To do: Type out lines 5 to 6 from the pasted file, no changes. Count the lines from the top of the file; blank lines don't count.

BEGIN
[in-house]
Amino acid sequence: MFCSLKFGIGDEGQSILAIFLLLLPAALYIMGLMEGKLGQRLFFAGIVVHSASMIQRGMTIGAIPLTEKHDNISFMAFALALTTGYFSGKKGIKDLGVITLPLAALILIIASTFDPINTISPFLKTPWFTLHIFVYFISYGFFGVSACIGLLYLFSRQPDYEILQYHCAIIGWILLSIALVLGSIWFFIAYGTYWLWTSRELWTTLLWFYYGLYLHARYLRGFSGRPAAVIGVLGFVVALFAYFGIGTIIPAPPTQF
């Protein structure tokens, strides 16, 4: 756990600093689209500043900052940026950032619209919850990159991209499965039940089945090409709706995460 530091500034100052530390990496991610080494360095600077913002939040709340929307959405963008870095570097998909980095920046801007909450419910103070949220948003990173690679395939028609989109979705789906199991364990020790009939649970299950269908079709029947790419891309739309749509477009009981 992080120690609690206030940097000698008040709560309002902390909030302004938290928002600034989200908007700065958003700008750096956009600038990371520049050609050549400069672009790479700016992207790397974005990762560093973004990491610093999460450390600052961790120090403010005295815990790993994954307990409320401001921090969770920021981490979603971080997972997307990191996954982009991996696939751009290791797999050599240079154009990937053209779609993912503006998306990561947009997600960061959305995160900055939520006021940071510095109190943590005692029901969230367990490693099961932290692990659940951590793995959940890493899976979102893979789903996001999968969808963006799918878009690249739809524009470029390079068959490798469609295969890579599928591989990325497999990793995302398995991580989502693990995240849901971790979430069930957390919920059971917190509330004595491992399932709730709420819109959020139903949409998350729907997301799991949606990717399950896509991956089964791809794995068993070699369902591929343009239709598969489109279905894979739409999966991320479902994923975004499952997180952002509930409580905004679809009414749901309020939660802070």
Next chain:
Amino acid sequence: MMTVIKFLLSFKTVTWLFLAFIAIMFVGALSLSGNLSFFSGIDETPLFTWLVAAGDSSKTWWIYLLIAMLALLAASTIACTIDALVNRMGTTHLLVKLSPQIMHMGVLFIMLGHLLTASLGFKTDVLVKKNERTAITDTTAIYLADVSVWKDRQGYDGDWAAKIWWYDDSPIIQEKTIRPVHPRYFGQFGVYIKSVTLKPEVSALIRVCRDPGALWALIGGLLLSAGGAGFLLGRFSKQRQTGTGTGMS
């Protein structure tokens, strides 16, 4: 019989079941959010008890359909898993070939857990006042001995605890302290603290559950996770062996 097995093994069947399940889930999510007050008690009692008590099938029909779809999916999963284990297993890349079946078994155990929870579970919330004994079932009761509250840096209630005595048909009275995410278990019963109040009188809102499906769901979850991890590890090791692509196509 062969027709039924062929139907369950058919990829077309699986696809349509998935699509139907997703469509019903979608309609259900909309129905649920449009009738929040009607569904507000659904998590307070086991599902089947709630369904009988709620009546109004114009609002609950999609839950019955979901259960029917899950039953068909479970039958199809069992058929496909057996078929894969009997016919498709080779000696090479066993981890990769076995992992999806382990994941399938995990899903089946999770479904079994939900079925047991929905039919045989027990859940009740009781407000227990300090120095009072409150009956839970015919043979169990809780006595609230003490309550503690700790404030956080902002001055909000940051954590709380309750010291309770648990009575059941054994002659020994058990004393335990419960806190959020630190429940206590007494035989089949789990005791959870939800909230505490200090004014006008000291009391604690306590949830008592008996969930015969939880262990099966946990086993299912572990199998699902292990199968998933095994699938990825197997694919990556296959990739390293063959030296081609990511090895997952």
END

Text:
Amino acid sequence: MMTVIKFLLSFKTVTWLFLAFIAIMFVGALSLSGNLSFFSGIDETPLFTWLVAAGDSSKTWWIYLLIAMLALLAASTIACTIDALVNRMGTTHLLVKLSPQIMHMGVLFIMLGHLLTASLGFKTDVLVKKNERTAITDTTAIYLADVSVWKDRQGYDGDWAAKIWWYDDSPIIQEKTIRPVHPRYFGQFGVYIKSVTLKPEVSALIRVCRDPGALWALIGGLLLSAGGAGFLLGRFSKQRQTGTGTGMS
């Protein structure tokens, strides 16, 4: 019989079941959010008890359909898993070939857990006042001995605890302290603290559950996770062996 097995093994069947399940889930999510007050008690009692008590099938029909779809999916999963284990297993890349079946078994155990929870579970919330004994079932009761509250840096209630005595048909009275995410278990019963109040009188809102499906769901979850991890590890090791692509196509 062969027709039924062929139907369950058919990829077309699986696809349509998935699509139907997703469509019903979608309609259900909309129905649920449009009738929040009607569904507000659904998590307070086991599902089947709630369904009988709620009546109004114009609002609950999609839950019955979901259960029917899950039953068909479970039958199809069992058929496909057996078929894969009997016919498709080779000696090479066993981890990769076995992992999806382990994941399938995990899903089946999770479904079994939900079925047991929905039919045989027990859940009740009781407000227990300090120095009072409150009956839970015919043979169990809780006595609230003490309550503690700790404030956080902002001055909000940051954590709380309750010291309770648990009575059941054994002659020994058990004393335990419960806190959020630190429940206590007494035989089949789990005791959870939800909230505490200090004014006008000291009391604690306590949830008592008996969930015969939880262990099966946990086993299912572990199998699902292990199968998933095994699938990825197997694919990556296959990739390293063959030296081609990511090895997952």